The Spooky Spots: The Black Hills Embrace Halloween with the Wild, the Wicked and the Weird | Black Hills Travel Blog

The Spooky Spots: The Black Hills Embrace Halloween with the Wild, the Wicked and the Weird

  • The Spooky Spots: The Black Hills Embrace Halloween With the Wild, the Wicked and the Weird
    The Spooky Spots: The Black Hills Embrace Halloween With the Wild, the Wicked and the Weird
Updated: Friday, October 19, 2018
By : 
Tom Griffith

Despite assertions to the contrary, Northerners don’t hibernate when winter arrives, as it often does early in the Black Hills. Instead, we tend to revel in wintry weather and use every excuse, particularly Halloween, to don a costume and embrace a bit of witchcraft.

From Hot Springs to Belle Fourche, and virtually every enchanted place in between, the Black Hills will be bewitched by Halloween this month with wizardry, sorcery and some black magic combined with costume contests, carousing and celebrations that give good reason for locals to turn off the tube and get out of the house.

Following is a list of options for your Halloween festivities. It’s by no means intended to be comprehensive, but it will provide you with some of our favorite alternatives for adult activities as well as kid-friendly events that will make your inner-goblin smile.

One of the more unusual Halloween events is the Haunted ATV Trail Ride from 6-10 p.m. Oct. 19 and 20 starting at the Bedrock Lanes Bowling Alley in Lead. They do the driving while you ride. Cost is $10 plus a can of food, with proceeds benefiting the Twin City Clothing Center and The Lord’s Cupboard.

“Scaring is Caring” is the theme of the 9th Annual The Haunting of Keystone, staged at four attractions in the Keystone area and benefiting local charitable causes on multiple dates from Oct. 12-28. Visit for reservations and more information about this popular event.

The Mammoth Site in Hot Springs will host Fossil Fright Night 6-9 p.m. Oct. 25, while Sturgis will freak out with the Chamber’s Crypt Haunted House from 5-8 p.m. Oct. 26 at the Meade County Fair Barn (and again Oct. 30-31; $5) and a 7 p.m. Spooky Halloween Stories with Black Hills Storytellers at the Sturgis Center for the Arts.

Rapid City’s Scare in the Square & Downtown Trick-or-Treat, set for 1-3 p.m. Saturday, Oct. 27, gives the entire family a reason to dress up in costumes and visit downtown businesses for treats. Simply stop by Main Street Square for a list of participating business, then go out and scare the wits out of everyone. Then head over to the Dahl Arts Center for Hallowpalooza from 1-7 p.m. for a kid-friendly Halloween extravaganza. Tickets are $5 and kids 3 and under are free.

You can bring your kids to the Safe-n-Sweet Trick-n-Treat from 3:30-8:30 p.m. Oct. 27 at Storybook Island ($3), or check out “Black Cats! Black Cats!” which will be performed at noon and 3 p.m. Oct. 27 at the Tri-State Museum in Belle Fourche.

Arguably the region’s largest house of horrors can be found at Terror in the Dark Haunted House starting at 7 p.m. beginning Oct. 20 and open seven nights through Oct. 31 at the Central States Fairgrounds in Rapid City.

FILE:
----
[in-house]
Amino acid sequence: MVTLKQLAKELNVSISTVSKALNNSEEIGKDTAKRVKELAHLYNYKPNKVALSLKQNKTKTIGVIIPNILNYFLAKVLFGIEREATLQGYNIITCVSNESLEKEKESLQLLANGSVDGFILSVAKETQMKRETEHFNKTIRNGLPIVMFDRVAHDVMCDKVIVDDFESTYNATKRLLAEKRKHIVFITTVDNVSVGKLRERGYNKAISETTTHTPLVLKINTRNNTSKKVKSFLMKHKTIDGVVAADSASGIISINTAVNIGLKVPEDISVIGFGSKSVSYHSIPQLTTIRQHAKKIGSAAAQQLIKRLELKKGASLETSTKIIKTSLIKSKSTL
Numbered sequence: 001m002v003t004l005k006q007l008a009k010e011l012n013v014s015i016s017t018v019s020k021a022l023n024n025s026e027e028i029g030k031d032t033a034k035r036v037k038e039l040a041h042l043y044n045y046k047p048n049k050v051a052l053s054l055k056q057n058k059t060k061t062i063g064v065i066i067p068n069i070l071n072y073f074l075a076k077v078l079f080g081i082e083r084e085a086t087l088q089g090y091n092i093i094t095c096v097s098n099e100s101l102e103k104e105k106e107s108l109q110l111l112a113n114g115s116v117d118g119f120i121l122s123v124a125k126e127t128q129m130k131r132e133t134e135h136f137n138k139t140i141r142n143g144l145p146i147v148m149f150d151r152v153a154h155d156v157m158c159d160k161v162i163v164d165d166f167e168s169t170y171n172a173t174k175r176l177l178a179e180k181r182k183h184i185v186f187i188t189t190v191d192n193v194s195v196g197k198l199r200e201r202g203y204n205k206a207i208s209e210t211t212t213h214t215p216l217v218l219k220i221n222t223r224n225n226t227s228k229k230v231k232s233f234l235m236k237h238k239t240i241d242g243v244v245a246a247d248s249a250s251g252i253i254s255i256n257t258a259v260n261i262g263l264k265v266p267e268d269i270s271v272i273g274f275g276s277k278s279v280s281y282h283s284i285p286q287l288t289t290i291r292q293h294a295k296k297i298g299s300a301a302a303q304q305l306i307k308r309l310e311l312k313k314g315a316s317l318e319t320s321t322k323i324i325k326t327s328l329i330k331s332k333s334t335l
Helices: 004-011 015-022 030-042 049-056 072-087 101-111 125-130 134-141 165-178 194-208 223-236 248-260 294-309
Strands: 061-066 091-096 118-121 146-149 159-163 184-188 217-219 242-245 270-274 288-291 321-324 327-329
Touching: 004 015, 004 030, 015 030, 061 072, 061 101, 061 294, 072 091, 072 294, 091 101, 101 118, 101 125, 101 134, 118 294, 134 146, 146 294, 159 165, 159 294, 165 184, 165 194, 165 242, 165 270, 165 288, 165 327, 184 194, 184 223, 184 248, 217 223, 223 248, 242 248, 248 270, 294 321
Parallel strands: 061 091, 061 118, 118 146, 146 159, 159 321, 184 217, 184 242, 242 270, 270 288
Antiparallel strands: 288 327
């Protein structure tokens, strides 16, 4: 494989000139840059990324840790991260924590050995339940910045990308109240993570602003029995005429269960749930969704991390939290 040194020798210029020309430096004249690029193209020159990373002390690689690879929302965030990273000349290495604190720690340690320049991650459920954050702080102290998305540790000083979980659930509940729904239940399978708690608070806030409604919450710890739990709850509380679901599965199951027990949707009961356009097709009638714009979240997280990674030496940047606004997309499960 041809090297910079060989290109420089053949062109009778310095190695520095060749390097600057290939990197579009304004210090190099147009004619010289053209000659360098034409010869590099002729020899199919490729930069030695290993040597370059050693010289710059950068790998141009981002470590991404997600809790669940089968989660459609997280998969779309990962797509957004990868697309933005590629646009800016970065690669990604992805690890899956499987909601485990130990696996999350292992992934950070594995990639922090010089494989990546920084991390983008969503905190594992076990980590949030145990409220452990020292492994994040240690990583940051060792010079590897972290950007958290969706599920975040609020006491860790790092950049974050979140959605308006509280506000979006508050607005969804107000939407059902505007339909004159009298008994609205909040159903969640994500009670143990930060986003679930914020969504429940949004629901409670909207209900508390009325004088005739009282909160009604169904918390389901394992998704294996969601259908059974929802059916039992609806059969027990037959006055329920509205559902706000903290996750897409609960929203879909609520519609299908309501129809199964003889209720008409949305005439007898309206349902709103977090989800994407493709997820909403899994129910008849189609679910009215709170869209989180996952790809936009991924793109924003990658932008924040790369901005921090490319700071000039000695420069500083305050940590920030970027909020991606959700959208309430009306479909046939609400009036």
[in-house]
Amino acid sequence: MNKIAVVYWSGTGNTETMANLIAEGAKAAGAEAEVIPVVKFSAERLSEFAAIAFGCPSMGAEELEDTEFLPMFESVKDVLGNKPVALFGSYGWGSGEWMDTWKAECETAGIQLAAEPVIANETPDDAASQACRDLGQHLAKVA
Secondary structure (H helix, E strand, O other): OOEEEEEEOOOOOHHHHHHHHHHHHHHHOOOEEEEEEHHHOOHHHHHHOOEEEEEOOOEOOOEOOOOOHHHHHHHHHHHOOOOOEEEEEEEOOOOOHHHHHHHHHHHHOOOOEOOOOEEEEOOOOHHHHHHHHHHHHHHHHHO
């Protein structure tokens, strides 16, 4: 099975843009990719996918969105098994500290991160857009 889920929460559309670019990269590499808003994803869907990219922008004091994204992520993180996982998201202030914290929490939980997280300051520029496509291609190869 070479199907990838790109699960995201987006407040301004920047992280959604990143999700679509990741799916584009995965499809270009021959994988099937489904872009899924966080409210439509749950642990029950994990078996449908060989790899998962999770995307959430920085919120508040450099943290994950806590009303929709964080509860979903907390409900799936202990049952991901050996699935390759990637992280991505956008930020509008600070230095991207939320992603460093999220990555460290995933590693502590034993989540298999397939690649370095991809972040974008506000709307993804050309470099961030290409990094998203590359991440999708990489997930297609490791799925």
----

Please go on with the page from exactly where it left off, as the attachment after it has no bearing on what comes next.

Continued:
Deadwood has been hosting an unusual cast of characters since 1876, and Halloween seems to bring out the zaniest visitors. The popular, child-friendly 17th Annual Kidweird runs from 5-8 p.m. Oct. 31, at the Deadwood Mountain Grand with a costume contest, Candy Cane Lane, a haunted house and scads of prizes.

But, arguably the Black Hills’ craziest Halloween event which attracts thousands to the Northern Hills tourist town is Deadweird, a two-night soiree that features the wildest, most elaborate costumes you’re likely to see anywhere in South Dakota. The turnout is likely driven by the fact more than $10,000 in prizes are on the line.

The weekend bash gets underway 7-10 p.m. Friday, Oct. 26, with the Sixth Annual Monster Ball at Tin Lizzie Gaming Resort on Lower Main Street, with a live band, dancing, and prizes. And, that’s just the primer.

Those extravagant costumes will be on full display 6-9 p.m. Saturday, Oct. 27, as the annual Deadweird Costume Contest rushes the Silverado-Franklin Historic Gaming Complex on Upper Main Street. More than 1,000 contestants run through the competition, but thousands more show up just for the party, which spans the historic street, filling bars, gaming halls, and restaurants with the wild, the wicked and the weird.

So, there’s no reason to dress up as a couch potato this Halloween with activities and events spanning the width and breadth of the Black Hills.

About the Author

Tom Griffith is a fourth-generation South Dakotan who studied literature and drama at the University of London before graduating from the University of Wisconsin—Eau Claire. An award-winning reporter, photographer and managing editor at newspapers in Arizona, Montana and South Dakota, Tom also has written or co-authored more than 70 books and his travel features have been published in more than 300 newspapers and magazines from New York to New Zealand.

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